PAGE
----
Legal Question in Business Law in Texas

bad partnership

We recently paid 40000$ towards the purchase of a furniture store from a family member, everything was agreed verbally we never signed a contract, later we find out he has misrepresented the whole thing and falsified a lot of information we worked in the furniture store for 3 months, the contract was never signed because none of thnins on the contract existed on his part. we walked out getting a verbal promiss that he will give our money back. He says he does'nt have the money. can we take him to court?

Asked on 10/01/07, 3:19 pm

3 Answers from Attorneys

Johm Smith tom's
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Re: bad partnership

Assuming you weren't foolish enough to hand over bags of money and may to put something in the memo section of your check, you can sue to recover the money that you gave. It will take time and cost you for attorney fees, but you should get a judgment that you might be able to collect on, assuming you don't wait too long. Never do anything like this again without an attorney. It never ceases to amaze me how people can do this type of thing but it happens all the time. Isn't your money worth doing this right?

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10/02/07, 4:59 pm
James Grissom Law Office of James P. Grissom
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Re: bad partnership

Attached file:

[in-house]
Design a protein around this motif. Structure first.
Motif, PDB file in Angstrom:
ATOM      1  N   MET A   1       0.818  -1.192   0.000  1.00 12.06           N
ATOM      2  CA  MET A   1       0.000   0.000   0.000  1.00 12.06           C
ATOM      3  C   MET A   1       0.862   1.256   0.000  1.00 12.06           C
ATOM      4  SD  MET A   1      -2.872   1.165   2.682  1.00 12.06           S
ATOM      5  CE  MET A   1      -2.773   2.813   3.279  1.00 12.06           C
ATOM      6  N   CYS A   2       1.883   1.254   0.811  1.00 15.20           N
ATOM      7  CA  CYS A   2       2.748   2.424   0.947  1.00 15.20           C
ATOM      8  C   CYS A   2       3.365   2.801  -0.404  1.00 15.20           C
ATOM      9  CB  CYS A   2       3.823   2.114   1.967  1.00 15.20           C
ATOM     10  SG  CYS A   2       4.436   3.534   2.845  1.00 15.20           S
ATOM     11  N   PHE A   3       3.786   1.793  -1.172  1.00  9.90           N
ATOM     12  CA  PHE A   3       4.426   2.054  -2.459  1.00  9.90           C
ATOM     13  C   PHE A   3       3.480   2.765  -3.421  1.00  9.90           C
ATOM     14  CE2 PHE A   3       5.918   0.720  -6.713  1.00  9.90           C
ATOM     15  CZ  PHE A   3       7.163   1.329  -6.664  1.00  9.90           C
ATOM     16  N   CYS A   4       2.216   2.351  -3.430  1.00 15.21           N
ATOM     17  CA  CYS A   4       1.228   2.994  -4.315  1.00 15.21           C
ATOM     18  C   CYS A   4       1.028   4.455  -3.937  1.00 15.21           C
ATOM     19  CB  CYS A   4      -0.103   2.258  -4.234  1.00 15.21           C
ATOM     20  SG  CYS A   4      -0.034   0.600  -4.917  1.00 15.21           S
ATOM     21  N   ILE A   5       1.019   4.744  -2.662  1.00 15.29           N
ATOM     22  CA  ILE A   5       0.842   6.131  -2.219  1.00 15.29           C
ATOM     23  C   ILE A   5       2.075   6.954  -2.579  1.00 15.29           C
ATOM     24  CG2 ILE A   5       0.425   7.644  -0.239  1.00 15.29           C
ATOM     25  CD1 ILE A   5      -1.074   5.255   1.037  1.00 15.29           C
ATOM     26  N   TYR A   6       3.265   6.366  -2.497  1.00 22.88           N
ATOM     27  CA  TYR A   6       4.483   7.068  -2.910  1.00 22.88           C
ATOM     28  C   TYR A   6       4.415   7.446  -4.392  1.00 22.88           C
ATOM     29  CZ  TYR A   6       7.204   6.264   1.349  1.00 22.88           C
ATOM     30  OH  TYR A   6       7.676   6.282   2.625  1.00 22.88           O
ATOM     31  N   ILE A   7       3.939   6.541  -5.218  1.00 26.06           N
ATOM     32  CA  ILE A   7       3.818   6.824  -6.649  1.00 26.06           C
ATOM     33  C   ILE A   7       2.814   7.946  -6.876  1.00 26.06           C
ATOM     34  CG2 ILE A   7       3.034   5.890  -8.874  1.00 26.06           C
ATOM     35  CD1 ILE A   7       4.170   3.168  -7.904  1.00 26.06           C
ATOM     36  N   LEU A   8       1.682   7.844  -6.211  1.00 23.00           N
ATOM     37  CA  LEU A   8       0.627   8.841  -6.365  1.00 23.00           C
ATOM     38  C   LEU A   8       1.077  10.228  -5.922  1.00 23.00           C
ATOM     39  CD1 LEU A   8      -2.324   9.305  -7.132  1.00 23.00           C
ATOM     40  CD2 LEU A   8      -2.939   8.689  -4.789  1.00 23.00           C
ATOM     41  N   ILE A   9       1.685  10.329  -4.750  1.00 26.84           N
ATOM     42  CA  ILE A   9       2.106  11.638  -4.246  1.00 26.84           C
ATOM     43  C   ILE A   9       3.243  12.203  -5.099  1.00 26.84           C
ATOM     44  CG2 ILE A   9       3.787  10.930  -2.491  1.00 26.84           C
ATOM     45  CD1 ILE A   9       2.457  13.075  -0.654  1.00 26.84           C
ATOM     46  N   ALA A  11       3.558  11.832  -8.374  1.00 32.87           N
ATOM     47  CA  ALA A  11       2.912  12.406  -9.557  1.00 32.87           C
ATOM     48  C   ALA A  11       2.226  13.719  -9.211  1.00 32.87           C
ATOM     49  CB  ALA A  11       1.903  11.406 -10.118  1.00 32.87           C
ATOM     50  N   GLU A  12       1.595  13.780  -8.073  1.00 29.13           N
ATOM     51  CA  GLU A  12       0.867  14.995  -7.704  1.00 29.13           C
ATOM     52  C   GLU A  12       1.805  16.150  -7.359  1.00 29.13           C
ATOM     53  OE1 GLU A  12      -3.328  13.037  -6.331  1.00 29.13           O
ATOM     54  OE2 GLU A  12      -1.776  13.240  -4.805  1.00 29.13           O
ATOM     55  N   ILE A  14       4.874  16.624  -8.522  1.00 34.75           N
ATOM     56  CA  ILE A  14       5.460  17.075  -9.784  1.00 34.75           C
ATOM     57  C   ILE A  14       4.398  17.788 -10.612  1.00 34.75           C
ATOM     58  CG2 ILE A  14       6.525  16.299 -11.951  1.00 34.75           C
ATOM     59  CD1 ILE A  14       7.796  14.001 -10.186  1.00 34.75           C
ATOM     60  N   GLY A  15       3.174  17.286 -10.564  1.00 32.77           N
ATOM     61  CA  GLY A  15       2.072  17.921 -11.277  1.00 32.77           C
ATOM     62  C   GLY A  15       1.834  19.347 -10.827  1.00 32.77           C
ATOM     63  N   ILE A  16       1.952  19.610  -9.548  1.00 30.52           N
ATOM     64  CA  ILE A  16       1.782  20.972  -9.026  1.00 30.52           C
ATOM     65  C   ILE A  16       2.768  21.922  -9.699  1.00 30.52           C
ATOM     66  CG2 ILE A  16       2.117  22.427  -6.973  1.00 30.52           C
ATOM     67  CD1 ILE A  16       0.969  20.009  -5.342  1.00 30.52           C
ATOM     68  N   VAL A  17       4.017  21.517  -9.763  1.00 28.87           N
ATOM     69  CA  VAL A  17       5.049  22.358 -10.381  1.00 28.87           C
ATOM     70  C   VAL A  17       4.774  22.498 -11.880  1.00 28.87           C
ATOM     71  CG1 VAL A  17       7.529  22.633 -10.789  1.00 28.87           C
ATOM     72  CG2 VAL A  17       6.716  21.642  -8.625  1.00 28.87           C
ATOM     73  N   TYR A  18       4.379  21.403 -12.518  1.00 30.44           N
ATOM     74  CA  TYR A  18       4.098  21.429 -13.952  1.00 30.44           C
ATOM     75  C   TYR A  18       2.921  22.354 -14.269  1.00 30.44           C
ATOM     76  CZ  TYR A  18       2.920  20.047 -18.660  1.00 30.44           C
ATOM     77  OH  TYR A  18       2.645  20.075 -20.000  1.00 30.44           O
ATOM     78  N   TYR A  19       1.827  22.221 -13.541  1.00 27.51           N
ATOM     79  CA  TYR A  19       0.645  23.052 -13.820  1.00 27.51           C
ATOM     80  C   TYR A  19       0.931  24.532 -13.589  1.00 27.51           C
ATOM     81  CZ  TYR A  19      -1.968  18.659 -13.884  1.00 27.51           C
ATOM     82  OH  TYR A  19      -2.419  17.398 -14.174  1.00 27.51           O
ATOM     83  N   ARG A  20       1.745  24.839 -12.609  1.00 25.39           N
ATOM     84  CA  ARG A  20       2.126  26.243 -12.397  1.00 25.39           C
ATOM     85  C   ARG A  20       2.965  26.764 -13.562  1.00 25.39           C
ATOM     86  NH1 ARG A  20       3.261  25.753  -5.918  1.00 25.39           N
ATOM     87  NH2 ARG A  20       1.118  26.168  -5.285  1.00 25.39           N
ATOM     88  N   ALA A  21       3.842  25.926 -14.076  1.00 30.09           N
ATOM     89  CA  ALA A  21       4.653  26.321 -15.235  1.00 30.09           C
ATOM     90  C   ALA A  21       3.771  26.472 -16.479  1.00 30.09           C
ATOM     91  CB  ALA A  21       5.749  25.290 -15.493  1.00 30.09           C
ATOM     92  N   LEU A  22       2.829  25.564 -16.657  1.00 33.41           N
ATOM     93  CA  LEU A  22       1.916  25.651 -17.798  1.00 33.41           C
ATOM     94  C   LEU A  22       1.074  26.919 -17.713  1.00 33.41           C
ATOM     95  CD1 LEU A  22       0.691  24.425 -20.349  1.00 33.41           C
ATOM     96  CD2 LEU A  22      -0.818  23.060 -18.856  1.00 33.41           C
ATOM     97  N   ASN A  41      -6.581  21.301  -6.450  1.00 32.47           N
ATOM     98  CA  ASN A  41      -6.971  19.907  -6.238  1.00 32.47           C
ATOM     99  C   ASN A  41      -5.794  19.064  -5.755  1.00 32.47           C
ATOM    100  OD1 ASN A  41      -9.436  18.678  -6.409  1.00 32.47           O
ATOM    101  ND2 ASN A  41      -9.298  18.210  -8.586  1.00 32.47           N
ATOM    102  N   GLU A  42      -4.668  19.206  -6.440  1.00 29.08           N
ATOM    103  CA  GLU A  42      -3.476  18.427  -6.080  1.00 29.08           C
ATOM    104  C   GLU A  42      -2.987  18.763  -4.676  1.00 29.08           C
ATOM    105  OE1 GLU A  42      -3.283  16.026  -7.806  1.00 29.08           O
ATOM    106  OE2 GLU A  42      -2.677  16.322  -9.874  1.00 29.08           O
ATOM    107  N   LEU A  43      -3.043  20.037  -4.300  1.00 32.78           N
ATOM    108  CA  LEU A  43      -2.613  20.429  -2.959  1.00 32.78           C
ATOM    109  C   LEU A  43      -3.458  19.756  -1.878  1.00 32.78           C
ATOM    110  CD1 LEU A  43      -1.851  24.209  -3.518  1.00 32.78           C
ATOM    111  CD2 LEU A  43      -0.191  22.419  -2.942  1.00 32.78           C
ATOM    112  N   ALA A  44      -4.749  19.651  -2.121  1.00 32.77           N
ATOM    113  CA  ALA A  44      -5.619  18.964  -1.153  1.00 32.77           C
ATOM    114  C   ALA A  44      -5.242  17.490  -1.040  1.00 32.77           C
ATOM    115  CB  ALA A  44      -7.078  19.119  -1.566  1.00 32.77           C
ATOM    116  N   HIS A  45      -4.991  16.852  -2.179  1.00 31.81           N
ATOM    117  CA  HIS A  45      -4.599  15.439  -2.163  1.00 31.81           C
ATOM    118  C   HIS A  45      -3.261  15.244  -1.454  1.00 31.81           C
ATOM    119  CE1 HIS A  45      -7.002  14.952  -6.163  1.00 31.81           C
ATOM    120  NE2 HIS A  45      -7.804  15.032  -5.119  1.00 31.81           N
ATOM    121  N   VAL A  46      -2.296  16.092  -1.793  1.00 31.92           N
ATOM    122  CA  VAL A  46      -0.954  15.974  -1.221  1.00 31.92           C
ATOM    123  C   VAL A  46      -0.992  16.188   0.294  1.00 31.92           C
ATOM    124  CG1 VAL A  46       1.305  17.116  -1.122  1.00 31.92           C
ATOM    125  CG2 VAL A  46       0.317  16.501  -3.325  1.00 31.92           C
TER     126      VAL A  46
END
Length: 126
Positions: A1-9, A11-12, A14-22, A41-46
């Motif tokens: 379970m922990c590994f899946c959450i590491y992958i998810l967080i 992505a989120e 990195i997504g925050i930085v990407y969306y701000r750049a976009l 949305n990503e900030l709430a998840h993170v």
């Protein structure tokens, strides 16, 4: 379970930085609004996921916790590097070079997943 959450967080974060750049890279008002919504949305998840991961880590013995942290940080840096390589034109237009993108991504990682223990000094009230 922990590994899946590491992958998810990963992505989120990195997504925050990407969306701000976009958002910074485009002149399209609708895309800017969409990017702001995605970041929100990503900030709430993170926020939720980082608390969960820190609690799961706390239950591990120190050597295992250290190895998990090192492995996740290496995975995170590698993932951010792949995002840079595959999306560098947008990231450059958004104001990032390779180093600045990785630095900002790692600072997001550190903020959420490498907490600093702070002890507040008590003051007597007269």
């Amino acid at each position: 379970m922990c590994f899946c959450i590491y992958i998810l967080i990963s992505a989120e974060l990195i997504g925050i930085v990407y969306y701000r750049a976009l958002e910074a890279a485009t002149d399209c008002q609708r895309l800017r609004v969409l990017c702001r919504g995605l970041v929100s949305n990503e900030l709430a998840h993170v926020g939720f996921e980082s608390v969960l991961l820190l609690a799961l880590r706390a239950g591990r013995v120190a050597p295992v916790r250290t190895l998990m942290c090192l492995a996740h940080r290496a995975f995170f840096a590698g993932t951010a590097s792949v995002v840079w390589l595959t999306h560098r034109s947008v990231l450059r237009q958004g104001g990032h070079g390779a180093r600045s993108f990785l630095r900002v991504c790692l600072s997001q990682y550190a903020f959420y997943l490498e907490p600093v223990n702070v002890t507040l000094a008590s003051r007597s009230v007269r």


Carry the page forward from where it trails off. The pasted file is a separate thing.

It would be really difficult since you have nothing in writing to prove that he said or promised anything.

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10/01/07, 3:31 pm
Mitchell Roth MW Roth, Professional Law Corporation
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Re: bad partnership

Of course. But, as Mr. Grissom implied, proof is the major issue. You can prove the facts with testimony from those who participated in conversations or overheard converstation, about what was said and promised. If there is no proof, just his word against yours the problem is much more difficult since the burden of proof is yours. That being said, you gave him $40,000. I suspect that there is a paper trail proving the movement of the funds. Unless he claims it was a gift to you, you should be able to get it back either as a loan, with reasonable interest, or as part of a partnership dissolution proceeding.

The bigger problem, to me, is that it is not $400,000. In this day and age, $40,000 is almost to little to fight over since it may wind up costing you $25,000 in attorneys fees, which are not recoverable, and you could lose.

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10/01/07, 4:15 pm

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